Asee peer logo

How Students’ Informal Experiences Shape their Views of Engineering and Affect their Plans for Professional Persistence

Download Paper |


2014 ASEE Annual Conference & Exposition


Indianapolis, Indiana

Publication Date

June 15, 2014

Start Date

June 15, 2014

End Date

June 18, 2014



Conference Session

WIED: Strategies Beyond the Classroom

Tagged Division

Women in Engineering

Page Count


Page Numbers

24.675.1 - 24.675.31



Permanent URL

Download Count


Request a correction

Paper Authors


Kerry Meyers Youngstown State University

visit author page

Dr. Kerry Meyers is in her second year as the director of the STEM College’s first-year engineering program at Youngstown State University. Her career is focused on the development of common, project-based, first-year engineering experiences, beginning at the University of Notre Dame, where she was also the director of the first-year engineering program from 2005-2012. Her research interests further relate to engineering educational issues in the early stages of student development and progress. Her core engineering educational background is in mechanical engineering and doctoral work in engineering education, both from Purdue University.

visit author page

author page

Leo H. McWilliams University of Notre Dame


Catherine F. Pieronek University of Notre Dame

visit author page

Catherine F. Pieronek is the associate dean for academic affairs in the College of Engineering at the University of Notre Dame. She holds a B.S. in aerospace engineering and a J.D. from Notre Dame, and an M.S. in eerospace engineering from UCLA. Her research focuses primarily on the reasons that affect the persistence of women in engineering, as well as on the application of Title IX to collegiate STEM programs.

visit author page

Download Paper |


How Students’ Informal Experiences Shape their Views of Engineering and Affect their Plans for Professional PersistenceAbstractIt is believed that increased student engagement leads to higher persistence. The current study was originallyfocused on one measure of student engagement – student involvement in organizations within engineering, oncampus, and in the community; however, it evolved into a study of the effect of a broader range of informalexperiences on student perceptions of engineering and their plans for professional persistence. A mixed method,cross-sectional study of engineering students was conducted during the 2011-2012 school year. The study involvedan on-line survey completed by 240 engineering students regarding their extracurricular involvements withinengineering and across the university as a whole. Follow-up interviews informed the results of the large scalesurvey to further probe the factors that encouraged persistence in engineering and post-graduation plans. Womenand men, and white and non-white respondents, reported similar experiences in terms of when/if they consideredleaving engineering and the sources of encouragement and discouragement for persisting in engineering. Studentswho indicated an intrinsic interest in engineering were less likely to indicate that they had ever considered leavingengineering. The experiences of male, female, white and non-white engineering students are collectively moresimilar than different. But the individual experiences and extracurricular involvements contribute to an engineeringstudent’s development and are shaped by the culture of the academic institution.Overall, the percentage difference of male, female, white, and non-white students who considered leavingengineering was not statistically significant. The peak time frame for consideration was second semester of the firstyear and first semester of sophomore year. This indicates that all engineering students grapple with uncertaintiesrelated to pursuing engineering at similar points in their educational paths. A student’s self-reported “interest inengineering” was statistically significant to consideration of leaving engineering (for both male and femalestudents). Male students reported a lower rate of involvement than female students in all types of engineeringorganizations. White students reported lower levels of involvement than non-white students in engineering and off-campus community organizations, but higher levels of involvement in campus organizations. The same factorspredictive of engineering involvements; grade level, female and plans to work in engineering related field post-graduation were also predictive of engineering leadership. 1  Students planning to work in an engineering related field after graduation were less likely to be involved withcommunity organizations (conversely, those who considered leaving engineering were more likely to be involved inthe community).   2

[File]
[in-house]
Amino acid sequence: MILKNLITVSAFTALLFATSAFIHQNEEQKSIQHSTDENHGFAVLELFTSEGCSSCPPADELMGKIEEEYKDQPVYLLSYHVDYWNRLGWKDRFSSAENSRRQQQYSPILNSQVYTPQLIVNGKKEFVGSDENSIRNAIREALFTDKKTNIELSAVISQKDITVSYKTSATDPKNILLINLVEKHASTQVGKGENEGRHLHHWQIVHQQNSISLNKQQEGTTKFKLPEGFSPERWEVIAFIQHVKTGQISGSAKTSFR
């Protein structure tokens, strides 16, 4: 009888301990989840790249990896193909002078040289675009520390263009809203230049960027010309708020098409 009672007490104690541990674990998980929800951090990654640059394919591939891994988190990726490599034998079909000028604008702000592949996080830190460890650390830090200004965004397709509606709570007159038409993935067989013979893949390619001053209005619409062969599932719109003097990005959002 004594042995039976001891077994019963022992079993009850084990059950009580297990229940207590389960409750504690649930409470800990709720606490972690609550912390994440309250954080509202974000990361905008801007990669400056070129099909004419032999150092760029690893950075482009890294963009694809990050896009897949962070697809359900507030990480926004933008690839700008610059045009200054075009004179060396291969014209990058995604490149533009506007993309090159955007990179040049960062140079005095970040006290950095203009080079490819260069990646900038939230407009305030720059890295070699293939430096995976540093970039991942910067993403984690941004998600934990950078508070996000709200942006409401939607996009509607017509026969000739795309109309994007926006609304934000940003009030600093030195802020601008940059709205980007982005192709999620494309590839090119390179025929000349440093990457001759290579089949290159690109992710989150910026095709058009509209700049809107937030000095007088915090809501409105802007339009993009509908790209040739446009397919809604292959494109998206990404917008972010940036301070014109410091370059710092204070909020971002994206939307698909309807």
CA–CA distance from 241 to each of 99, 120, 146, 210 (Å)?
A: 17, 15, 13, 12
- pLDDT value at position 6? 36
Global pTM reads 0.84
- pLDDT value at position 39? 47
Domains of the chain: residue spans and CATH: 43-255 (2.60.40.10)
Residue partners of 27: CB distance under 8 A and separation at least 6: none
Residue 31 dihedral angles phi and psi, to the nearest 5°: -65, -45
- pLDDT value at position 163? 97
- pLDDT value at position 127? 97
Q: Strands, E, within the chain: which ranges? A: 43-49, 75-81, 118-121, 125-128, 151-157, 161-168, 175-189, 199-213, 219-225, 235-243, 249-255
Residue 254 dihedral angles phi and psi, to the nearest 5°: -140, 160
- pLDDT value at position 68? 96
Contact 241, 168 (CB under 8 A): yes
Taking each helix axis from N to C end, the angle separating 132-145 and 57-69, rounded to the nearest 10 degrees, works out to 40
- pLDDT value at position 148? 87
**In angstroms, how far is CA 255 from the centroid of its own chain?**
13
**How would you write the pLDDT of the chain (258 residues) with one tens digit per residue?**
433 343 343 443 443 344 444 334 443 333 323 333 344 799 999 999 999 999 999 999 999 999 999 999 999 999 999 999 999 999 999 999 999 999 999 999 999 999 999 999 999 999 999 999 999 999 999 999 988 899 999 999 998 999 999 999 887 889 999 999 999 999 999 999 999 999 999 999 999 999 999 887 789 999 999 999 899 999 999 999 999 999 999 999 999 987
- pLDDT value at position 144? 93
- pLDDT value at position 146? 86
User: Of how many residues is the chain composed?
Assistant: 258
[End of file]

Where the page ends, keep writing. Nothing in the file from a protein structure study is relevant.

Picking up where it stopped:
Meyers, K., & McWilliams, L. H., & Pieronek, C. F. (2014, June), How Students’ Informal Experiences Shape their Views of Engineering and Affect their Plans for Professional Persistence Paper presented at 2014 ASEE Annual Conference & Exposition, Indianapolis, Indiana. 10.18260/1-2--20566

ASEE holds the copyright on this document. It may be read by the public free of charge. Authors may archive their work on personal websites or in institutional repositories with the following citation: © 2014 American Society for Engineering Education. Other scholars may excerpt or quote from these materials with the same citation. When excerpting or quoting from Conference Proceedings, authors should, in addition to noting the ASEE copyright, list all the original authors and their institutions and name the host city of the conference. - Last updated April 1, 2015